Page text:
And that's what the teachings of the Lord are all about, aren't they? They are solid councils and guidelines on how to live peaceably and ethically with those around us. And if we can't behave that way, then there is something broken inside of us.

Jesus and the Torah

This is exactly where Jesus picks up in the Gospel According to Mark, our text for today. The teachers of the Judean religion had turned the understanding of Torah from teachings into law. The Gospel According to Mark passage talks about the Pharisees who had come to see Jesus and they noticed that the disciples didn't follow the dietary purification rituals. 

Just as an interesting side-note, it becomes clear to us that the Gospel According to Mark was not written to Jews. How do we know that? Because in our passage, it reads, beginning in verse 3 that the Pharisees, and all the Jews, do not eat unless they thoroughly wash their hands, thus observing the tradition of the elders; and they do not eat anything from the market unless they wash it; and there are also many other traditions that they observe, the washing of cups, pots, and bronze kettles. If the audience were Jews, they would not need that explanation because they would have been taught that from childhood.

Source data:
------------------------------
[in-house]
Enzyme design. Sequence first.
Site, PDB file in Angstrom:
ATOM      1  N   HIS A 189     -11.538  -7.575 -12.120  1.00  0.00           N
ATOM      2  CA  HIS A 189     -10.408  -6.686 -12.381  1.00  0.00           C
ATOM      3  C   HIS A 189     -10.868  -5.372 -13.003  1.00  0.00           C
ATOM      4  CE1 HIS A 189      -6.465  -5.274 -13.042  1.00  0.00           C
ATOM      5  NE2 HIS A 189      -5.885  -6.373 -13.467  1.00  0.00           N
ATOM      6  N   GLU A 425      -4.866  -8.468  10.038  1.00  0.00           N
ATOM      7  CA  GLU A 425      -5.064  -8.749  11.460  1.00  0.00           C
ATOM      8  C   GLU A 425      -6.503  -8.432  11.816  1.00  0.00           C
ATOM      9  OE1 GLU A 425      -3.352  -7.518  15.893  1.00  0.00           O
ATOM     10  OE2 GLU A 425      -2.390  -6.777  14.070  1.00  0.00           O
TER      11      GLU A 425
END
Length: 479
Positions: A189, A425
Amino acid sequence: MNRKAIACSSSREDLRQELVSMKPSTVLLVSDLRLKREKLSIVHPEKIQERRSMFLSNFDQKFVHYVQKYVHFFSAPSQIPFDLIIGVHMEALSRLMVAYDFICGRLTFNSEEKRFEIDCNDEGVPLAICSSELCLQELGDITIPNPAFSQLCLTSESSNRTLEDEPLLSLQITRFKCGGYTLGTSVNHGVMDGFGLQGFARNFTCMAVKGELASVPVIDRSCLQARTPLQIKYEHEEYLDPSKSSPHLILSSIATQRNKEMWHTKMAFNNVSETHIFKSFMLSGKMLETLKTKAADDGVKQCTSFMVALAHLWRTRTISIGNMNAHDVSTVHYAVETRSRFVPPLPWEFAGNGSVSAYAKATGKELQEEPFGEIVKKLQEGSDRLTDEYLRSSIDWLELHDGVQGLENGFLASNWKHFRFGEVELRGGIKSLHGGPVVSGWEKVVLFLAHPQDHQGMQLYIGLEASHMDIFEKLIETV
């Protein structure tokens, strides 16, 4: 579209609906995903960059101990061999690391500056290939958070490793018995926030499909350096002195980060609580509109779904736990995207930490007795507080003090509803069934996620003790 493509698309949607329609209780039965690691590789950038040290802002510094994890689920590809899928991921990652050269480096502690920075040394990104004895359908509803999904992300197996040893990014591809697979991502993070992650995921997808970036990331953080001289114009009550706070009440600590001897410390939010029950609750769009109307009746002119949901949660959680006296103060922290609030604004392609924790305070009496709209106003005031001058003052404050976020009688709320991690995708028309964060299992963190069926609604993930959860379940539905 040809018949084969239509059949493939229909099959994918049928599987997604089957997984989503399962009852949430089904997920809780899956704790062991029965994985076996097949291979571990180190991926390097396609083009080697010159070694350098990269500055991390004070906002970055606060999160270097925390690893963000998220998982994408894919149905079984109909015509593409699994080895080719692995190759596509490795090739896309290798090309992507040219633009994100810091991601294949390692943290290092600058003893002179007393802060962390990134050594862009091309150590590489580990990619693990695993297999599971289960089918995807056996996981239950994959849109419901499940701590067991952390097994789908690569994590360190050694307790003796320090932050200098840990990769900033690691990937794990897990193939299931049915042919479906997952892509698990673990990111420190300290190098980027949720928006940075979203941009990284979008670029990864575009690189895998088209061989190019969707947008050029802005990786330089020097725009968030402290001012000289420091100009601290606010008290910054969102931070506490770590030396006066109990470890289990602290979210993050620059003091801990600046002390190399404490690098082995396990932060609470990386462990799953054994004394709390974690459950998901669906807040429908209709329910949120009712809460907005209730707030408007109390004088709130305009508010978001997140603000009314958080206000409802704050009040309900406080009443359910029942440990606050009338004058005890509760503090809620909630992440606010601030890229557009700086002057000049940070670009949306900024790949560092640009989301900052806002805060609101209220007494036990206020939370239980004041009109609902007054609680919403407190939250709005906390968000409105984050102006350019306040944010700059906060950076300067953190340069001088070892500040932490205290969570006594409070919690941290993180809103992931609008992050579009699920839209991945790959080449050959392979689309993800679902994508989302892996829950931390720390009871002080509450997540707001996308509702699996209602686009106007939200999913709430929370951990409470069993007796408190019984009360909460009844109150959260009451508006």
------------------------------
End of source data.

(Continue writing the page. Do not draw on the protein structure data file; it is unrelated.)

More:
But remember the descriptiveness of the Torah, the teachings of the Lord. The Pharisees, one of those schools or sects of the Judean religion, criticized Jesus and the disciples for not following the purification rituals as laid down in the teachings of the Hebrews. And here is where Jesus looks at the descriptiveness of the teachings. Jesus is telling them that they have misunderstood the teachings. They have made everything physical. They have become fundamentalists. They think that right religion is the exact following of the rules, exactly as they are written.

Ethics Over Religiosity

What Jesus tells them is that it is not the breaking of the rules that defile a person. It is not eating with unwashed hands that makes a person defiled. (Oh, it might make them sick but not defiled.) No, Jesus tells them, it is what comes out in our speech and in our actions, in our character and our ethics, that reveal the defilement, the brokenness, of each one of us. The way I act, the way I speak, shows my defilement in ways that simple rules violations could never reveal.

Jesus will tell us over and over again, in several different places in the Gospels, that how we speak to and treat others is what gets us in trouble. When we are defiled on the inside, when we are broken in our character, Jesus tells us that all these horrible things come out—lies, theft, murder, greed, slander, pride, and so much more.

The purpose of the teachings, the Torah, was as Paul said, a teacher to show us what right character looks like. Jesus tells us that, when we fail to learn the lessons of character, the defilement becomes obvious in everything we do.

May the Lord deliver us from those things which defile us, that brokenness within that is manifest and how we behave. And when we miss the mark (the actual meaning of sin), we know that we have a defender and a comforter who forgives us and puts us back on the right track.

This article was orginally reported by
Travis Rogers, Jr.

Travis is a contributor in religion and entertainment.